Subtalar arthroscopy is a surgical procedure performed to treat pain caused by problems of the subtalar joint in the ankle. The surgery is minimally invasive, performed through small incisions, by using a viewing instrument called an arthroscope. An arthroscope is a thin long tube with a camera attached, which helps your surgeon clearly view the surgical site on a monitor.
The subtalar joint is a complex joint located below the ankle joint and is formed by the union of the heel (calcaneus) and the talus (ankle) bone. The subtalar joint allows side-side movement of the foot. This joint can be injured with a sprain or fracture of the talus or calcaneus bones, causing pain and instability.
Subtalar arthroscopy is indicated when non-surgical methods do not help the following conditions:
- scar tissue present in the subtalar region
- severe sprains
- twisting injuries
- fractures of the talus or calcaneus bones
It is also recommended for subtalar joint fusion.
Subtalar arthroscopy may be contraindicated in:
- patients with severe subtalar joint problems, who may require larger incisions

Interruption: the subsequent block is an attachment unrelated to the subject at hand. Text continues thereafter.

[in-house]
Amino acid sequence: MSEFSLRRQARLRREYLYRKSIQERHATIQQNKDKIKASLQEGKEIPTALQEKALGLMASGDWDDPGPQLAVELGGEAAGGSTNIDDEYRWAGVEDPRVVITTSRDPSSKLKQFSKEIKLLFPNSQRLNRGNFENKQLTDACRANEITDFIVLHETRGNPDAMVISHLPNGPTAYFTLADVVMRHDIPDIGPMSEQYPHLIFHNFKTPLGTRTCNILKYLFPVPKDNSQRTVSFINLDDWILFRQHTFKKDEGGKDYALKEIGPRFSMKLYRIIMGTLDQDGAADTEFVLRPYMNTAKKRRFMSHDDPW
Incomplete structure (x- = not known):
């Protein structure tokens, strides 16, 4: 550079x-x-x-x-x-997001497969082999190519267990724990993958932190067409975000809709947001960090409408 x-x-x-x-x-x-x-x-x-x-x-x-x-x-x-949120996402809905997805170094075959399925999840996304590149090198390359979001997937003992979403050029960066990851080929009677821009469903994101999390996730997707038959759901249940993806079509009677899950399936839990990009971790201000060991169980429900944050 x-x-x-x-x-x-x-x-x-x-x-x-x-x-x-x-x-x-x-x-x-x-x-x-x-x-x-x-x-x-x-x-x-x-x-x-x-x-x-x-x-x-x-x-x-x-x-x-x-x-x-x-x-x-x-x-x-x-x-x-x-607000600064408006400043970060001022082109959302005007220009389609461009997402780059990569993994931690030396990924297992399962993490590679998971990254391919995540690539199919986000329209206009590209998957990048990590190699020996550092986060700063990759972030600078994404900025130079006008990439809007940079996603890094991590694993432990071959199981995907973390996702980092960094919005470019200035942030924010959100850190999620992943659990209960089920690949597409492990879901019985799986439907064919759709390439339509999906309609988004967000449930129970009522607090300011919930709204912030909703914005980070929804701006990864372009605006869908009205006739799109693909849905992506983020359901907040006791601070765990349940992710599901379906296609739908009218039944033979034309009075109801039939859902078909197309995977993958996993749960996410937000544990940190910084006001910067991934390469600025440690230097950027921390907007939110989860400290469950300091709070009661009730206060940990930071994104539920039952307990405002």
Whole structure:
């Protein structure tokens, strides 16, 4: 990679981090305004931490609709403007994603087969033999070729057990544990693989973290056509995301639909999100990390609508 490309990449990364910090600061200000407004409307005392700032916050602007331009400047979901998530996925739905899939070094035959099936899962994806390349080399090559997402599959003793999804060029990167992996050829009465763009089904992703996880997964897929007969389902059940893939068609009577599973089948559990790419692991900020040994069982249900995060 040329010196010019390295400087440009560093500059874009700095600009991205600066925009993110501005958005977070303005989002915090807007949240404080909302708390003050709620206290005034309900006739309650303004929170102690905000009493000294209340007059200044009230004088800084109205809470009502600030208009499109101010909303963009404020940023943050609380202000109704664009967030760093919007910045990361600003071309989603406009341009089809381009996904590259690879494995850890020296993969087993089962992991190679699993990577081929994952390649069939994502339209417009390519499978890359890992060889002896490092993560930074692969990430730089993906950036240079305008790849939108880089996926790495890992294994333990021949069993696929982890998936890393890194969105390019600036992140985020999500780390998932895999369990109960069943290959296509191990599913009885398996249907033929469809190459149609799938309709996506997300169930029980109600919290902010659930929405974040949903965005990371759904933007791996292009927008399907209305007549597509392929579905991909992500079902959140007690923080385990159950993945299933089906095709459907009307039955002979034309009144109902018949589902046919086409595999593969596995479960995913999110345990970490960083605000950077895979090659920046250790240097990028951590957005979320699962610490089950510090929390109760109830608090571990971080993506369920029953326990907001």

- poor leg circulation
- active infection
- diseases such as uncontrolled diabetes
Subtalar arthroscopy is performed under general anesthesia or a nerve block. Saline solution is injected into the ankle to expand the area for better viewing. Your surgeon makes 2 to 3 small incisions on your ankle. The arthroscope and other surgical incisions are inserted through these incisions. Images from the arthroscope can be viewed on a monitor by your surgeon to perform the procedure. Special tools such as biters, graspers and motorized shavers are used to repair the damage to the subtalar joint. Once the problem has been treated the surgical instruments are removed and the incisions are closed.
After the surgery, your foot will be placed in either a plaster, splint or a removable boot to immobilize the joint, and reduce swelling and pain. You will be advised to use crutches so you do not bear weight on your foot. Physical therapy will be ordered to assist with strengthening exercises and range of motion. Recovery may take 6 to 12 months.
The advantages of subtalar arthroscopy over traditional open surgery include:
- Less post-operation pain, disability and swelling
- Shorter hospital stay
- Faster recovery
Risks and complications
As with all surgical procedures, subtalar arthroscopy may be associated with certain complications such as:
- Risks related to anesthesia
- Problems in wound healing
- Injury to neighboring nerves or blood vessels
- Blood clots